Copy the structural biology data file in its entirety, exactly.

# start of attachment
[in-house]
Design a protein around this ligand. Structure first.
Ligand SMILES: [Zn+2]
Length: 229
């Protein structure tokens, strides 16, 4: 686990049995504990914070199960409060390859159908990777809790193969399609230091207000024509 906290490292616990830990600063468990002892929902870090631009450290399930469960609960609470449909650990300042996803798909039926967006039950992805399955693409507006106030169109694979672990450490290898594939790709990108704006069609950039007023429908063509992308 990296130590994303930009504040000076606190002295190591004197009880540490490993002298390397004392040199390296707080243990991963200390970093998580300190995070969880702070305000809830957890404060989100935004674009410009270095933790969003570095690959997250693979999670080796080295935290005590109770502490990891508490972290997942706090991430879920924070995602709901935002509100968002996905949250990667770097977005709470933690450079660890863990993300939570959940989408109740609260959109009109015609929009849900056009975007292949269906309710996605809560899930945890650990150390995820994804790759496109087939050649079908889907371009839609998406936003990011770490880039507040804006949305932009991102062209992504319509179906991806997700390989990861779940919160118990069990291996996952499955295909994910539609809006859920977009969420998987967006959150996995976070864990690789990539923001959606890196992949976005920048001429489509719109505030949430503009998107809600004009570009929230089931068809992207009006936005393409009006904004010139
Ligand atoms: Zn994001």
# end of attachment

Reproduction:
[in-house]
Design a protein around this ligand. Structure first.
Ligand SMILES: [Zn+2]
Length: 229
């Protein structure tokens, strides 16, 4: 686990049995504990914070199960409060390859159908990777809790193969399609230091207000024509 906290490292616990830990600063468990002892929902870090631009450290399930469960609960609470449909650990300042996803798909039926967006039950992805399955693409507006106030169109694979672990450490290898594939790709990108704006069609950039007023429908063509992308 990296130590994303930009504040000076606190002295190591004197009880540490490993002298390397004392040199390296707080243990991963200390970093998580300190995070969880702070305000809830957890404060989100935004674009410009270095933790969003570095690959997250693979999670080796080295935290005590109770502490990891508490972290997942706090991430879920924070995602709901935002509100968002996905949250990667770097977005709470933690450079660890863990993300939570959940989408109740609260959109009109015609929009849900056009975007292949269906309710996605809560899930945890650990150390995820994804790759496109087939050649079908889907371009839609998406936003990011770490880039507040804006949305932009991102062209992504319509179906991806997700390989990861779940919160118990069990291996996952499955295909994910539609809006859920977009969420998987967006959150996995976070864990690789990539923001959606890196992949976005920048001429489509719109505030949430503009998107809600004009570009929230089931068809992207009006936005393409009006904004010139
Ligand atoms: Zn994001």